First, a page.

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Conolly, Richard Lansing (1892-1962)


Photograph of Richard L. Conolly

National Archives #80-G-82331

"Close-In" Conolly ("Dick" to his friends) received his nickname from his insistence that fire-support ships should maneuver extremely close to the beach during amphibious assaults. Ship commanders feared running aground, but Conolly understood that strong beach fortifications could be neutralized only by direct hits, and direct hits could be reliably achieved only from the shortest possible range.

Conolly was a 1914 Naval Academy graduate with a background in destroyers. He had received the Navy Cross for the salvage of Westbridge after she was torpedoed by a U-boat in August 1918: "... when he, with a party of eight others remained on board for five days steering by hand and handling the lines from the tugs, while the ship was towed four hundred miles to port."

As a destroyer flotilla commander, Conolly participated in the Doolittle Raid. Later, as a Washington staff officer, he was one of the few who believed TORCH (the landings in North Africa) would succeed. He directed amphibious invasions in the Mediterranean before taking command of the Northern Force responsible for the invasion of Makin during the Gilberts campaign. He initially clashed with Turner, who felt there was only room for one amphibious expert in the Pacific, but the two men developed a grudging respect for each other. Conolly continued to command amphibious forces within 5 Fleet for the remainder of the war. Spruance particularly commended him for his resourcefulness during the Roi-Namur invasion.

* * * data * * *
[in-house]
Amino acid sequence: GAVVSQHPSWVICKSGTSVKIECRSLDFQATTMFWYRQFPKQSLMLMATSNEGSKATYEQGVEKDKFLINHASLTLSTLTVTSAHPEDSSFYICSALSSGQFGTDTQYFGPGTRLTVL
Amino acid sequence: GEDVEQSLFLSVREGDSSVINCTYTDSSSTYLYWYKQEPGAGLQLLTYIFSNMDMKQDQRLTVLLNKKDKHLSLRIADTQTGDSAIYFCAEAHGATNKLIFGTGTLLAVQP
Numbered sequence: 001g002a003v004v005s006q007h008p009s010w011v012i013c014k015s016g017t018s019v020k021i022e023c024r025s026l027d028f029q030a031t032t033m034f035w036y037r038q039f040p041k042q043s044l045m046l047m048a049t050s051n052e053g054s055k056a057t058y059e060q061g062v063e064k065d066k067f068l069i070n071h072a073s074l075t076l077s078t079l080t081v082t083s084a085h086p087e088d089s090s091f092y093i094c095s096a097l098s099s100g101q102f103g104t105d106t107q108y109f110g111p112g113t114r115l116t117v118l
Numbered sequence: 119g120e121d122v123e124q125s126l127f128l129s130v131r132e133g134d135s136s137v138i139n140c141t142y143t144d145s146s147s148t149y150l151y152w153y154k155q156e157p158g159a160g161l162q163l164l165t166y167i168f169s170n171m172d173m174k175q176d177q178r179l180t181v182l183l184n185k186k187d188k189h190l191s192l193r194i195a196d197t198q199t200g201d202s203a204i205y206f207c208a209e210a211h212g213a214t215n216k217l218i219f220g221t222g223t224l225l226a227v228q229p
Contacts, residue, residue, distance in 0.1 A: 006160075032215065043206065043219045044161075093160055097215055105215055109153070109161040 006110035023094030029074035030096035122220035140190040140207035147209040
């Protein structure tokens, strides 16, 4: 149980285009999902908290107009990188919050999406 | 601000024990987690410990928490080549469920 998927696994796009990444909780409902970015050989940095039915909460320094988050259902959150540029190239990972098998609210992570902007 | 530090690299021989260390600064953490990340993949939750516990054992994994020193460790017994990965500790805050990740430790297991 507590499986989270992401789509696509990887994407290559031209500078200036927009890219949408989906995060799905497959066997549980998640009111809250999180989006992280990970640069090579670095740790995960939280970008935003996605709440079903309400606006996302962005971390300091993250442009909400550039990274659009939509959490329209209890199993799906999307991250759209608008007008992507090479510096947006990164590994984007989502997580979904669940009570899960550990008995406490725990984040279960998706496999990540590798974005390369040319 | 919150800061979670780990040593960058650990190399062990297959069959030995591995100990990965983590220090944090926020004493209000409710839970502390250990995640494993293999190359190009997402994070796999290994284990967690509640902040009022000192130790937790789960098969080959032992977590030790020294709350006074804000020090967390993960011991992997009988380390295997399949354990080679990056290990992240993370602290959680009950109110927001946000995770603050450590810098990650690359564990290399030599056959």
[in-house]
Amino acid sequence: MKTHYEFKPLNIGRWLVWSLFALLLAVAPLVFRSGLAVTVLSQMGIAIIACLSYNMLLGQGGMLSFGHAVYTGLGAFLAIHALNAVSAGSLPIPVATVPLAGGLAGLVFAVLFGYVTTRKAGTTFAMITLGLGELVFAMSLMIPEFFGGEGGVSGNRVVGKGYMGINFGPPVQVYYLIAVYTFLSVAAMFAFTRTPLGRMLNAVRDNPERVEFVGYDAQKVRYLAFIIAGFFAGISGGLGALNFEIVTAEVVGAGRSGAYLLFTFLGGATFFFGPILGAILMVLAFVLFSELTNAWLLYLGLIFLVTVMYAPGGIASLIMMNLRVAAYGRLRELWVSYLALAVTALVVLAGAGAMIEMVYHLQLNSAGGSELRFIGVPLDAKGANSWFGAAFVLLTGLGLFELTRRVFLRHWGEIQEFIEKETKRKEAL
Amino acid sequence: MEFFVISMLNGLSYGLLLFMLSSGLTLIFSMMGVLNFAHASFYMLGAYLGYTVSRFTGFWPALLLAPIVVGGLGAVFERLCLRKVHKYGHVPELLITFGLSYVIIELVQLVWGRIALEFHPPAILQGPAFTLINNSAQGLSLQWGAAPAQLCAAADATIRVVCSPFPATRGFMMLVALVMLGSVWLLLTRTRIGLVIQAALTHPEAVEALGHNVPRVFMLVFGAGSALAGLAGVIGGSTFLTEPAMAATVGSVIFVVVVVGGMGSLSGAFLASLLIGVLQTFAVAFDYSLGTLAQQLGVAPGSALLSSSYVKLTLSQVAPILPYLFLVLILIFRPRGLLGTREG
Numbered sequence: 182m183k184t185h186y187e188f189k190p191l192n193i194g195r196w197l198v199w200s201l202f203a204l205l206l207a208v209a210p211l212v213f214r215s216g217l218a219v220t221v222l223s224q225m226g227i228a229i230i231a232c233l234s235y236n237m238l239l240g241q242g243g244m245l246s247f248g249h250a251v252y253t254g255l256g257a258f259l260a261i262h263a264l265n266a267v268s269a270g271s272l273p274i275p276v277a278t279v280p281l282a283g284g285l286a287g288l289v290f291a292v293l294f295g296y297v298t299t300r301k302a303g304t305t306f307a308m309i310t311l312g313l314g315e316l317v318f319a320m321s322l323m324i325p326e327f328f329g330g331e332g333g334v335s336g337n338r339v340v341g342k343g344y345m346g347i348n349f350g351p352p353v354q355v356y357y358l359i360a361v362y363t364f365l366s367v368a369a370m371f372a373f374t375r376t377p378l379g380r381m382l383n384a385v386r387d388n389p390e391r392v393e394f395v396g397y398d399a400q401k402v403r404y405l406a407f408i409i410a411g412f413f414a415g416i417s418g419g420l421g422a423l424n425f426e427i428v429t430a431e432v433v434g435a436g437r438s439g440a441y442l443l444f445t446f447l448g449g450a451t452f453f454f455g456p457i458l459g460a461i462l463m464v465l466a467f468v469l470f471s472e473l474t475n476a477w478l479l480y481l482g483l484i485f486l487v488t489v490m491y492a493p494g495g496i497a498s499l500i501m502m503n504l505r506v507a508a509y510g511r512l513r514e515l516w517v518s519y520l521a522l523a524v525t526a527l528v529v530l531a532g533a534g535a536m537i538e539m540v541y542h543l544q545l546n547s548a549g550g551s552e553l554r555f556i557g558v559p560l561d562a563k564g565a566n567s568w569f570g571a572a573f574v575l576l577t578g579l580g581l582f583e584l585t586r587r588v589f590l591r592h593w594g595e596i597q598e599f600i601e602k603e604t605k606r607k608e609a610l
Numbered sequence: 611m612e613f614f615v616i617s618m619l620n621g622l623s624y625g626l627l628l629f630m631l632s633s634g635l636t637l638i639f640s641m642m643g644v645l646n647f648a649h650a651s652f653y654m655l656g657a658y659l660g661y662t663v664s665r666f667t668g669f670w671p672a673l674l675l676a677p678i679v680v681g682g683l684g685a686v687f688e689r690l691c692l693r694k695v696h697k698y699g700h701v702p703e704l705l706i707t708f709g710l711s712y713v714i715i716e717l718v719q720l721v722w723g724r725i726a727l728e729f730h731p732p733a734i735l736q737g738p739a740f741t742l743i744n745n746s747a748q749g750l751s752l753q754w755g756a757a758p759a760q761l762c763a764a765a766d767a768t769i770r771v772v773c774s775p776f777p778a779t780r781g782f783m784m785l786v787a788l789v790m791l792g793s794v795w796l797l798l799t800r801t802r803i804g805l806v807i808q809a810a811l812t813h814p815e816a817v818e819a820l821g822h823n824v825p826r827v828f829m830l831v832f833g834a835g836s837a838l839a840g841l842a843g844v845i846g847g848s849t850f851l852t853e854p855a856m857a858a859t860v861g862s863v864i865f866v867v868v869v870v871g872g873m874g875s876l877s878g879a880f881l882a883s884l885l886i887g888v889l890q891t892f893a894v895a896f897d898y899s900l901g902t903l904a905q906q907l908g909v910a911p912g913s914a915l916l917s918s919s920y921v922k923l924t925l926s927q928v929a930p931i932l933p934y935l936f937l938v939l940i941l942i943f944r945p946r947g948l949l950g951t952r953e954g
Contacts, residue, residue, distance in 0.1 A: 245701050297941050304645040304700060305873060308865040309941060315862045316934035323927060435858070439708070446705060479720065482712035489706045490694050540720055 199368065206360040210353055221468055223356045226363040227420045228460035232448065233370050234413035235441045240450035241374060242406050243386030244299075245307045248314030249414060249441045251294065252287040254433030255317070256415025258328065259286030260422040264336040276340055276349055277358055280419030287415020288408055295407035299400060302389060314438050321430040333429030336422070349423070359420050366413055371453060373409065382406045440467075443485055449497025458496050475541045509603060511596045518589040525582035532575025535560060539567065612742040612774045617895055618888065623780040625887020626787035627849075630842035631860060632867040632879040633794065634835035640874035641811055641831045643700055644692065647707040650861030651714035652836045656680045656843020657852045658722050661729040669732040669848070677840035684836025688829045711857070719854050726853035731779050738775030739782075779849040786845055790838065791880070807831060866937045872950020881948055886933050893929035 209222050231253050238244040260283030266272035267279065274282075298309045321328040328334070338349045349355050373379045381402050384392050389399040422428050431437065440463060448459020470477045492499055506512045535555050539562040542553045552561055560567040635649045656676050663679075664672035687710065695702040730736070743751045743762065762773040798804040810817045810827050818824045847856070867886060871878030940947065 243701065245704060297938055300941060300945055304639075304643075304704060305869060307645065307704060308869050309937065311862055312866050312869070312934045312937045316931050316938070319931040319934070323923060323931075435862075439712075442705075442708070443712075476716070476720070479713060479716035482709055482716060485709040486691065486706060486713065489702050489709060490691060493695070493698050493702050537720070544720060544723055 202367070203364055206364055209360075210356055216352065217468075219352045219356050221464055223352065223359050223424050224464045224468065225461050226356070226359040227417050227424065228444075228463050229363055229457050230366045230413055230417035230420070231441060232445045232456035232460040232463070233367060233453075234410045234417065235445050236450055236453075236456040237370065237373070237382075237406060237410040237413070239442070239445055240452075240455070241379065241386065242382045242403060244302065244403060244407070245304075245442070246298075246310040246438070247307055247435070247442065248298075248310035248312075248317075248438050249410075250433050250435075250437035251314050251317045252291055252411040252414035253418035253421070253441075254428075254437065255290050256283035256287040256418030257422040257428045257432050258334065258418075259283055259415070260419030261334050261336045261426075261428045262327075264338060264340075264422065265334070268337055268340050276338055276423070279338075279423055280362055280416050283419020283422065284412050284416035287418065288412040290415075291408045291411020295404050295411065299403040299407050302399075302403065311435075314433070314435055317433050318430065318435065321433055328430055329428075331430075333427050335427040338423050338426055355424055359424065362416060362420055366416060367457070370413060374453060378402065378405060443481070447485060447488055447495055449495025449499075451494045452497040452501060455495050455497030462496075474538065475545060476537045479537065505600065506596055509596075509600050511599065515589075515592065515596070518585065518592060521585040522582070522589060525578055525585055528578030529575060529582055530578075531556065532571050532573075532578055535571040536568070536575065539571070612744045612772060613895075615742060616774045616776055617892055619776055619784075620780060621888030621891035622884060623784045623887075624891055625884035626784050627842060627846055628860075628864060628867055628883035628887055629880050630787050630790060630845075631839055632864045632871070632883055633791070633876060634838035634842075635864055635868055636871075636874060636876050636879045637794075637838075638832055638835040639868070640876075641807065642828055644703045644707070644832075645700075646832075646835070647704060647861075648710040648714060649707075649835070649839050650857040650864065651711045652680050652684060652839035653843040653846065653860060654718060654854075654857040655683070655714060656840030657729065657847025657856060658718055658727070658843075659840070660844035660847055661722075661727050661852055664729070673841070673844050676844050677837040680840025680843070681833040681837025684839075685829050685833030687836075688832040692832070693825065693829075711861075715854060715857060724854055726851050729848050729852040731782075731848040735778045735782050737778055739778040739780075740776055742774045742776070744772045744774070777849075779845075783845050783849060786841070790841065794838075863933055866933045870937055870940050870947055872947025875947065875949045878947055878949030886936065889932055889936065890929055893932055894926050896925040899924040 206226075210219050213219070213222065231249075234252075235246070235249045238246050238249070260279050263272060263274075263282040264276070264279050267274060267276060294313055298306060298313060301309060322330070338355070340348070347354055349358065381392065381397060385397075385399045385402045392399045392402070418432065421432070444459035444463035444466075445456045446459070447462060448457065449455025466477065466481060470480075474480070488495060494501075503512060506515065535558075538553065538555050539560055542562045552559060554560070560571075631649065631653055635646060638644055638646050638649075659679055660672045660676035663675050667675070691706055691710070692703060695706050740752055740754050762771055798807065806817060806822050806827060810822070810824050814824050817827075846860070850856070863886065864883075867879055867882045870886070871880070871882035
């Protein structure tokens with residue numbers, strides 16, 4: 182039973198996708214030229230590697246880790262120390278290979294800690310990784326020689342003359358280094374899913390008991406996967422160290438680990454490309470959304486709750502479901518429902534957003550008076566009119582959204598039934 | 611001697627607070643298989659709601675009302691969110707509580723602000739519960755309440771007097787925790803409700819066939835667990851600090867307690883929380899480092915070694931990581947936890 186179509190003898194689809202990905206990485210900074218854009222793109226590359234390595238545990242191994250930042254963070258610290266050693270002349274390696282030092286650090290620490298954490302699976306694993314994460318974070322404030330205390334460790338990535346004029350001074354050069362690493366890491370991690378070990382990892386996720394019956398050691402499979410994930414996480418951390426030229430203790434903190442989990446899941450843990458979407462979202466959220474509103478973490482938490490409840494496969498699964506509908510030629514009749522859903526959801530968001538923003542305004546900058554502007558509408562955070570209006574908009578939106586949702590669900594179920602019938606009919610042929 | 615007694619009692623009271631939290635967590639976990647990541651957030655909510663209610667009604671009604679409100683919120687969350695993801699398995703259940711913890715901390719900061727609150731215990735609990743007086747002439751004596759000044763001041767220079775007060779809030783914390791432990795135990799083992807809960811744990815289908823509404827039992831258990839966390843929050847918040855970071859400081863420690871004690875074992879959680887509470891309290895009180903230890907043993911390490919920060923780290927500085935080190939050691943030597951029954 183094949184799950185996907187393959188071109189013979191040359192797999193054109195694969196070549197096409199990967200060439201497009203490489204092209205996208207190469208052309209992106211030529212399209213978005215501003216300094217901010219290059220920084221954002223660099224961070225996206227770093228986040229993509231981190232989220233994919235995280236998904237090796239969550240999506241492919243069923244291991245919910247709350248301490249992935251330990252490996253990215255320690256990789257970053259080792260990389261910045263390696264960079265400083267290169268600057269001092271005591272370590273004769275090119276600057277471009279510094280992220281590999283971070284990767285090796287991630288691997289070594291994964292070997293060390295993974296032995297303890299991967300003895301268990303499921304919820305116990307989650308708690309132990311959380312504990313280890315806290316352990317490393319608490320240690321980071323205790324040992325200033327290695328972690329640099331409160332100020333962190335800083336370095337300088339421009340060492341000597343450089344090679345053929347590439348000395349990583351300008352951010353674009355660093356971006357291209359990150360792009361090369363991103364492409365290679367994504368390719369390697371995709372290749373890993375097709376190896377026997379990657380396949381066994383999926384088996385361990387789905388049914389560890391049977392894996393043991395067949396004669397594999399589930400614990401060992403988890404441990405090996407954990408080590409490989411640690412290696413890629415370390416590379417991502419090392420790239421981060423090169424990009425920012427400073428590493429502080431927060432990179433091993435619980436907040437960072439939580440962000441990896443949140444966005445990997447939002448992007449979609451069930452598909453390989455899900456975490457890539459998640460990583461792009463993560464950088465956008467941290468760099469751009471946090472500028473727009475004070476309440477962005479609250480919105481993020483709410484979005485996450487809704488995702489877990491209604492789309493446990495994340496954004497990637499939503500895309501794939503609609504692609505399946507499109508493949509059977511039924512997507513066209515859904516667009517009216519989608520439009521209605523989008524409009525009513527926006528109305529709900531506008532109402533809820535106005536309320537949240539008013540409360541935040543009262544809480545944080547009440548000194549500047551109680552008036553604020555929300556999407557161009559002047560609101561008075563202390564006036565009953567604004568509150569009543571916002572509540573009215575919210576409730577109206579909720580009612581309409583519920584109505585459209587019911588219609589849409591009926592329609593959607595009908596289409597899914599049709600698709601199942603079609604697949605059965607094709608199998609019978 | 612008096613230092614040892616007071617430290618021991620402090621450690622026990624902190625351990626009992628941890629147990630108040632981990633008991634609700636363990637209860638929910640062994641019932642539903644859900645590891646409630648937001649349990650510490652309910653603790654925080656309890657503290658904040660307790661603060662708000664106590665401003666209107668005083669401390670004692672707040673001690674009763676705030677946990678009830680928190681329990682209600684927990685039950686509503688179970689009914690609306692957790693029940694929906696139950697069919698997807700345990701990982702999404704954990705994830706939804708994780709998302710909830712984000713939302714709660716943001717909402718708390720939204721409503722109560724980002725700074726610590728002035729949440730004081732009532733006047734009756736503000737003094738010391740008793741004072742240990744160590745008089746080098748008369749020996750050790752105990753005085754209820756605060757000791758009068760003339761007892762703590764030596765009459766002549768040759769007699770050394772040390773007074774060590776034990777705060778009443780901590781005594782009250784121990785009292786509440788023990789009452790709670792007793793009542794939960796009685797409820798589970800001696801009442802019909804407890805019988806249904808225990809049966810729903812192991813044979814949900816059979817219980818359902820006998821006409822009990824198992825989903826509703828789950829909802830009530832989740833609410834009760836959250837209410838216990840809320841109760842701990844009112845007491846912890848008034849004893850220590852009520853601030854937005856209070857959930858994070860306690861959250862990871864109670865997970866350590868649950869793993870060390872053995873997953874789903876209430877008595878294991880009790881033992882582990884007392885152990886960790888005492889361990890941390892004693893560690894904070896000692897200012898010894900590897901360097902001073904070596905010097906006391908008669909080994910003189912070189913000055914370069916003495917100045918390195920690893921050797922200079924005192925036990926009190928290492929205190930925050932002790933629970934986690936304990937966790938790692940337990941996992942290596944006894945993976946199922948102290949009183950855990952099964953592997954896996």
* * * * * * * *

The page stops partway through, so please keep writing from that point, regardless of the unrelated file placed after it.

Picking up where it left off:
Conolly was in Washington when Turner was up for a third star. Some senators were balking on the promotion because of the Savo Island disaster, but Conolly put in a good word for Turner that may have helped put the promotion through.

Conolly was "[r]obust and genial, thorough and methodical" (Morison 1953) and a careful planner as well as a tough fighter. A charming, personable officer, he worked well with Marine officers such as Geiger. His chief of staff, Charles Wellborn, later said of him:

I've served with a lot of fine officers but he seemed to have the best perception of all as to what the role of a commander was, what the role of his chief of staff was, and what the role of each one of his staff officers was. He seemed to know better than most how to fire up a team, to have them at the peak on the day of the operation. He didn't have the brightest mind of all the people I worked with — but he had an understanding of leadership that I thought was outstanding... He was outgoing and a scrapper. As a wartime leader he had the right natural equipment and knew how to use it.

(Tuohy 2007)

Service record

1892-4-26

Born at Waukegan, Illinois
1914
Ensign
Graduates from Naval Academy. Assigned to BB Virginia
1915-5

BB Montana for torpedo instruction
1915-11

BB Virginia
1916-3

BB Vermont
1916-5

DD Smith
1918-11

Navy Postgraduate School, Annapolis, and Columbia University, New York (Master of Science)
1922-11

BB Mississippi
1924-3

BB New York
1925-9

Instructor, Naval Academy
1927-6

CL Concord
1929-8

Commander, Dupont
1930

Navy War College
1931-5

Instructor, Navy War College
1933-5

Flag secretary, Cruisers, Scouting Force
1935-4

Tennessee
1936-6

Instructor, Naval Academy
1939-5

Commander, Destroyer Division 7
1941-10
Captain
Commander, Destroyer Squadron 6
1942-6

Staff, Navy Department
1943-6
Rear admiral     
Commander, Landing Craft and Base, Northwest African Waters
1943-10

Commander, Amphibian Group 4
1944-6

Commander, Amphibian Group 3
1946-9-23     
Admiral
Commander, U.S. Naval Forces Europe
1962-3-1

Killed in an air crash along with his wife

References

Arlington Cemetery Website (accessed 2008-2-10)

Buell (1987)
Morison (1953)

Naval Historical Center (accessed 2008-2-10)
Pettibone (2006)



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